Jang's "Resurrection of the Little Match Girl" is one of the most
intriguing failures I've come across in a long time. It's about a
food deliveryman who, in what can only be described as a "computer
simulation in place of the real world", gets to live out his fantasy
of being a tough guy who must rescue the damsel in distress. The
computer damsel is represented by a real young woman who our hero is
hopelessly enchanted with, but is unable to approach because, well,
he's a dork.
Kim, last seen sleepwalking through the first movie ever made for
Beautiful Days", returns to sleepwalk through "Match Girl" as
Joo. Calling Joo hapless is too kind; the guy is really more
pathetic than anything else. After his buddy Lee wins a gaming
tournament and becomes famous, Joo thinks he can win the same fame
and fortune (and in theory, win over that girl he's been stalking --
er, eyeing). Along with many others, Joo joins a computer-simulated
game where players have to seek out, rescue, and then get a Little
Match Girl (Eun-kyeong Lim) to "dream about them as she dies." Or
some such nonsense.
"Match Girl" is reportedly the
highest-budgeted South Korean film in history, beating out 1999's "Shiri"
for that particular honor. The high price tag has not paid off
because the movie is a spectacular failure in its native South
Korea, and I get the sense that people are starting to whisper the
title "Resurrection of the Little Match Girl" the way Americans
whisper the title "Hudson
Hawk" and every film done by Kevin Costner post-"Dances
with Wolves." The film was a flop and there's a good reason why.
It's not that the movie is bad, it's just not terribly good.
The movie is essentially a
big-budget showcase for director Sun-Woo Jang, who has gotten it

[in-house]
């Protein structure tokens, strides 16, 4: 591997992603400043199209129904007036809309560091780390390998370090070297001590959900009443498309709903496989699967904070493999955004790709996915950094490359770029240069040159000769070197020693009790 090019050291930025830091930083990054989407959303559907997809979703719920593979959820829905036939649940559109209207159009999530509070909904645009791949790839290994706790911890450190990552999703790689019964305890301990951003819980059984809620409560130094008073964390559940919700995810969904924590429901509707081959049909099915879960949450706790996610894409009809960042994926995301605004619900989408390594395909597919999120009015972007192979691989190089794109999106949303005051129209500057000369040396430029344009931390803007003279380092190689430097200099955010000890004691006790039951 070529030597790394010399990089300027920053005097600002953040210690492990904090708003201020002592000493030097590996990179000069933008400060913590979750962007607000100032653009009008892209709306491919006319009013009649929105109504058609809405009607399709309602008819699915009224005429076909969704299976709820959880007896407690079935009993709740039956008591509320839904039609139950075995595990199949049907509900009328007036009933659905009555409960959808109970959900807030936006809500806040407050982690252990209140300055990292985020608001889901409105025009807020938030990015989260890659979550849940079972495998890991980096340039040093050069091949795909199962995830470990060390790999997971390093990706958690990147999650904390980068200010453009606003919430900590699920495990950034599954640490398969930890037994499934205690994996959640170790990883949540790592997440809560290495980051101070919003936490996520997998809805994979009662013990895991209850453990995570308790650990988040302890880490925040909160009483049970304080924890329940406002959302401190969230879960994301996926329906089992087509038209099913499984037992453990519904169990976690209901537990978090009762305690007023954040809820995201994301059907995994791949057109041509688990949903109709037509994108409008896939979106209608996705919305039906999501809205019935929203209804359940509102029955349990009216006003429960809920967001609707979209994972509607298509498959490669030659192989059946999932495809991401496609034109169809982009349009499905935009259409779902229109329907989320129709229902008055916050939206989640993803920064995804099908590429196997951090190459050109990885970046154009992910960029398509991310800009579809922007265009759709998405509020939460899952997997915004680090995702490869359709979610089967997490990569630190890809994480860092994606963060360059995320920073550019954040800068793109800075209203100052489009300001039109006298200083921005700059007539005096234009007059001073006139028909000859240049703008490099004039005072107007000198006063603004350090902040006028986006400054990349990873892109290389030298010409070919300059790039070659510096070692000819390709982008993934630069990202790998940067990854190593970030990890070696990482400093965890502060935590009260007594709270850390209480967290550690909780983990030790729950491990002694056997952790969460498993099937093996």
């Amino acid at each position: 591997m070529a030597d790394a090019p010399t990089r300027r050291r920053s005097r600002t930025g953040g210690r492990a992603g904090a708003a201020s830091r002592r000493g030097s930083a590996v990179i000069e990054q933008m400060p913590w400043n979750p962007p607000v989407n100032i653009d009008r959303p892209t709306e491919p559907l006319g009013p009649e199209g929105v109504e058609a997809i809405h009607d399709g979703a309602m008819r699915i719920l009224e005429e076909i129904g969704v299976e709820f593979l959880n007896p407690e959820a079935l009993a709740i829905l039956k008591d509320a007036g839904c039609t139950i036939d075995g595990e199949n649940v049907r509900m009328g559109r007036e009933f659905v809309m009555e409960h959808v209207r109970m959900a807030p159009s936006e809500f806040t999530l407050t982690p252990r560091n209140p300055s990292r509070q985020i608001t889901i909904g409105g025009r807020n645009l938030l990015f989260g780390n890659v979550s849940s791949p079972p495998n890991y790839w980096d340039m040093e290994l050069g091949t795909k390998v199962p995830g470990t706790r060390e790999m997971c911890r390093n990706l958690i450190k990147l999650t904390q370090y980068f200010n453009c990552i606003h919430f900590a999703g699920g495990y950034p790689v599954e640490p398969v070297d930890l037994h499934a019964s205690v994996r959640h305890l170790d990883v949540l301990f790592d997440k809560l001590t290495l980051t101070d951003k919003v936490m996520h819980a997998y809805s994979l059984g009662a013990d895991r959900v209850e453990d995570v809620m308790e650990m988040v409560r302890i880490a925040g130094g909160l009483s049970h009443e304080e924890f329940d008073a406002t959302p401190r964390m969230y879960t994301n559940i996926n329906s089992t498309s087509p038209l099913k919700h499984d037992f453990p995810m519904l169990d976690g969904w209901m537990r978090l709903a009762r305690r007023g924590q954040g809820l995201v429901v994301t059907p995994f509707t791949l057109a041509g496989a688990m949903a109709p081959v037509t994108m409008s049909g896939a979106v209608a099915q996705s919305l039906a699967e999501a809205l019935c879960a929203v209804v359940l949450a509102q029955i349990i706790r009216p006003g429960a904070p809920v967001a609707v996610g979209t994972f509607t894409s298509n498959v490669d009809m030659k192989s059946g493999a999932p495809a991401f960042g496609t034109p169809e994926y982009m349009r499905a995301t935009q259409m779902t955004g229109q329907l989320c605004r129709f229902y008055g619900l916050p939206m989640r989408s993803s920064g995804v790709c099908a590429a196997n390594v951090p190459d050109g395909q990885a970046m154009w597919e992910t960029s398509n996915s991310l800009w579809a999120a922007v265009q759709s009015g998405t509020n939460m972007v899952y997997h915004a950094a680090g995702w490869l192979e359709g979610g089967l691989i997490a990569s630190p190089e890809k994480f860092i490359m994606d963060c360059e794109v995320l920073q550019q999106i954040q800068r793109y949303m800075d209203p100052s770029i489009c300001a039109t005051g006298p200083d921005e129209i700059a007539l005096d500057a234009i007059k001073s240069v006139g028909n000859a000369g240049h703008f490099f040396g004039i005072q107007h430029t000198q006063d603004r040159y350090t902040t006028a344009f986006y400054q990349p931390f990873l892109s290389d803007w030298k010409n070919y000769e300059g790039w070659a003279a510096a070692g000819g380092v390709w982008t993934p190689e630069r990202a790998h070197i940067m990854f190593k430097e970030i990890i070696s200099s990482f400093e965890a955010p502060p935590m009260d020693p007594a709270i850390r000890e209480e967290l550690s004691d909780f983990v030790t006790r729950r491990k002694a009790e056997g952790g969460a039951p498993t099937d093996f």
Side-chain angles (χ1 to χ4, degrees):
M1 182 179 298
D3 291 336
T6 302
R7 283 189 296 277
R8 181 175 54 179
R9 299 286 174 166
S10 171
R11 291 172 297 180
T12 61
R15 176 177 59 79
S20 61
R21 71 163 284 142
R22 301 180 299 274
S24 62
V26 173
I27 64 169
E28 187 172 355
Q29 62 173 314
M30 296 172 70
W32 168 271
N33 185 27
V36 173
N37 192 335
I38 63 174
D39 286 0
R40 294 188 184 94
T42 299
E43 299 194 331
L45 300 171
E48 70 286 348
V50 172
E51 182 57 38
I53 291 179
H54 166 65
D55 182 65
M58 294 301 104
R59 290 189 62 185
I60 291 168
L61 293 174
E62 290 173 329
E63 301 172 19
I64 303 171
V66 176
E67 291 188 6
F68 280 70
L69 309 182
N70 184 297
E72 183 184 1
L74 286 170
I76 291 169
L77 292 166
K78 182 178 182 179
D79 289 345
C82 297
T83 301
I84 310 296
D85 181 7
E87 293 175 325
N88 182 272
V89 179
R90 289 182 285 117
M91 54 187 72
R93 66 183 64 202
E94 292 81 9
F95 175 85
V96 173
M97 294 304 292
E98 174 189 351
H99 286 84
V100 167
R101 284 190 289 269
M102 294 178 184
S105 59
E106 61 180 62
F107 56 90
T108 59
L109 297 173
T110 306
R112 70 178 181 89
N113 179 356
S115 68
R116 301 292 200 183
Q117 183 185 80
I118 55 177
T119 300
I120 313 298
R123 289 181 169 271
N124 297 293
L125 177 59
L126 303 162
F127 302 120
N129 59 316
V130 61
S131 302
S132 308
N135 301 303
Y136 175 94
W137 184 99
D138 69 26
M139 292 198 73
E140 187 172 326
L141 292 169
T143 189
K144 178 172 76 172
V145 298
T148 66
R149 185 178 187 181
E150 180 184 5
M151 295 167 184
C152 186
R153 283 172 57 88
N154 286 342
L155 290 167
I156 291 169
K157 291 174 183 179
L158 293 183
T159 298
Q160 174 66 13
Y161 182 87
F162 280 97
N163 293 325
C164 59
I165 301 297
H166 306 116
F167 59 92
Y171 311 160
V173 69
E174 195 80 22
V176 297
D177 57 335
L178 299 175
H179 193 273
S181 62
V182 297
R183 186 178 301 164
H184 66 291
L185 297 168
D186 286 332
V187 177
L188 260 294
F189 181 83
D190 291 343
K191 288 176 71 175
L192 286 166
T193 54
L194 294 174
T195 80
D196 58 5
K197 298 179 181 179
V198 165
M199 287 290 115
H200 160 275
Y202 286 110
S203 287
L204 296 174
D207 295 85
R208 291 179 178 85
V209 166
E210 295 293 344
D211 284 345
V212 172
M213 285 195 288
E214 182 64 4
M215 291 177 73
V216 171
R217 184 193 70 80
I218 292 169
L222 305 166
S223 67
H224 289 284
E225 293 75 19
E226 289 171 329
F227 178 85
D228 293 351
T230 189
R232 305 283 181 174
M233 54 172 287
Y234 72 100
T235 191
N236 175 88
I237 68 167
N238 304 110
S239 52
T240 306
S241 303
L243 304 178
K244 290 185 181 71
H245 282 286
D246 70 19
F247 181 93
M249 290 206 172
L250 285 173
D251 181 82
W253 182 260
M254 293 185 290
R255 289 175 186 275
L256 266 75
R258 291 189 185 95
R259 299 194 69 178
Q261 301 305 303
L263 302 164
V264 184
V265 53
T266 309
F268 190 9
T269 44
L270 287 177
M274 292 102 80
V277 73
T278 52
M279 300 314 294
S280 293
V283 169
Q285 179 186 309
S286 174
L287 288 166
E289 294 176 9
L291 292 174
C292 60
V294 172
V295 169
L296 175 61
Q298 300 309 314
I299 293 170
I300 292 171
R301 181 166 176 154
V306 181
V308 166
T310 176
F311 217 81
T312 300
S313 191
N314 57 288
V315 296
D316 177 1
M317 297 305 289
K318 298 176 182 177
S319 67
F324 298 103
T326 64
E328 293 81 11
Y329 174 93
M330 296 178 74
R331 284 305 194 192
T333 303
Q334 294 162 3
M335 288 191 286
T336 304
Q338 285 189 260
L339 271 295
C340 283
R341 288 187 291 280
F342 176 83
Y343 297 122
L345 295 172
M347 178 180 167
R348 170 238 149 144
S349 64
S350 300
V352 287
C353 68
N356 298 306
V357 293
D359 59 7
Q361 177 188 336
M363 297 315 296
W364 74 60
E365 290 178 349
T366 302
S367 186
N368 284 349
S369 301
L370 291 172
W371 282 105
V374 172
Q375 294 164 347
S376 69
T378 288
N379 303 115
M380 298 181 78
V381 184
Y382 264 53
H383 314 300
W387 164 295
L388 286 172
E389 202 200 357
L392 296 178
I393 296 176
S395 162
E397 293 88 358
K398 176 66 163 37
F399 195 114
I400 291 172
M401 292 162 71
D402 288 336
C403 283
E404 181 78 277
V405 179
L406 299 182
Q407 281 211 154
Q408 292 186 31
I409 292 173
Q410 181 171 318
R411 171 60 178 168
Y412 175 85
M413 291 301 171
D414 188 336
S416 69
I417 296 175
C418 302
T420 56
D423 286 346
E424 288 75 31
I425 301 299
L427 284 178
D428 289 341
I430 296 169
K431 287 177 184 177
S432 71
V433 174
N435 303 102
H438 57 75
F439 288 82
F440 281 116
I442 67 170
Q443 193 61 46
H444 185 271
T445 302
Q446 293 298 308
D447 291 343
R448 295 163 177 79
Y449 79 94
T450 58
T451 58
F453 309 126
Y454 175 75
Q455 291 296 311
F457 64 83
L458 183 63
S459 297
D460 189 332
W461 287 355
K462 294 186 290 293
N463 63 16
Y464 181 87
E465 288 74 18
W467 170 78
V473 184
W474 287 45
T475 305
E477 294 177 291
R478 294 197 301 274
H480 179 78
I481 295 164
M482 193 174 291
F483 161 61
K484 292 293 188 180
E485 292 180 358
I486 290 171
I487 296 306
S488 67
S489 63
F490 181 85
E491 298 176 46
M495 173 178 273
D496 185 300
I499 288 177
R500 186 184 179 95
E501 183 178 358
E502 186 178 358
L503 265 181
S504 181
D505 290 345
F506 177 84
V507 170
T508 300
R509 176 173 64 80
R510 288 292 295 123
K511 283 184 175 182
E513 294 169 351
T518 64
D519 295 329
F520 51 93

into his head that he wants to make a movie that parodies the
self-importance of big-budgeted blockbusters ala "The
Matrix". Of course no one has bothered to tell Jang that it's
not actually parodying if your film spends millions on the same
special effects that was used in those other films. If you're going
to point out the silliness of a film, then for God's sake don't
spend all your money copying their science. What's the point?
Besides being a plot-by-plot, and
at some points even a scene-by-scene, re-telling of the film by the
Wachowski brothers, "Match Girl" shows an inability to commit to one
purpose. It opens as a straight Korean drama, complete with Detached
Long Takes and artsy visuals of mundane everyday life, only to shift
into an action film that mocks action films. The mocking gets tossed
aside when blood starts to flow freely and the film takes a morbid,
serious look at violence and media-generated cults of celebrityhood.
It's all done very well, from the
absurd stunts by one character with a motorcycle to the Match Girl
going around nonchalantly gunning people down. But it's all
incoherent. Everything is a jumbled mess, with no single,
unifying core. By the time the movie hits its hour and 20 minute
mark, the whole film becomes nothing more than a big rehash of "The
Matrix", complete with assault on a building and insane amounts of
munitions being spent. It's obvious when the film hits its "The
Matrix" (supposed) parodies that it starts to hemorrhage money. And
for what? The "Naked
Gun" movies did a hell of a lot better parodying cop movies, and
for much less money.
The most tragic thing about "Match
Girl" is that it could have been such a good movie if it had only
chosen an angle and stuck with it. As a straight sci-fi film, it has
the makings of a terrific actioner. Even as a straight parody, it
could have also been good, only there are no real laughs to be had.
There are some sly smirks and chuckles here and there, but for the
most part the movie's inability to choose an angle just dooms it to
Although there were moments where
I adored the film. I loved the addition of perfunctory arcade-like
boxes that pops up to explain who each characters were. At one
point, our main character is riding on a motorcycle when a caption
refers to him as approaching "Tom Cruise" status. These are all good
stuff, but everything gets pretty forgotten when the film hits its
"Matrix" strides. Again, what is the point of parodying a
movie if you're just going to re-create all of its special effects
so perfectly that it obviously cost you a lot of money?
I'll tell you something; I'm sure
glad I wasn't the sucker bankrolling this movie.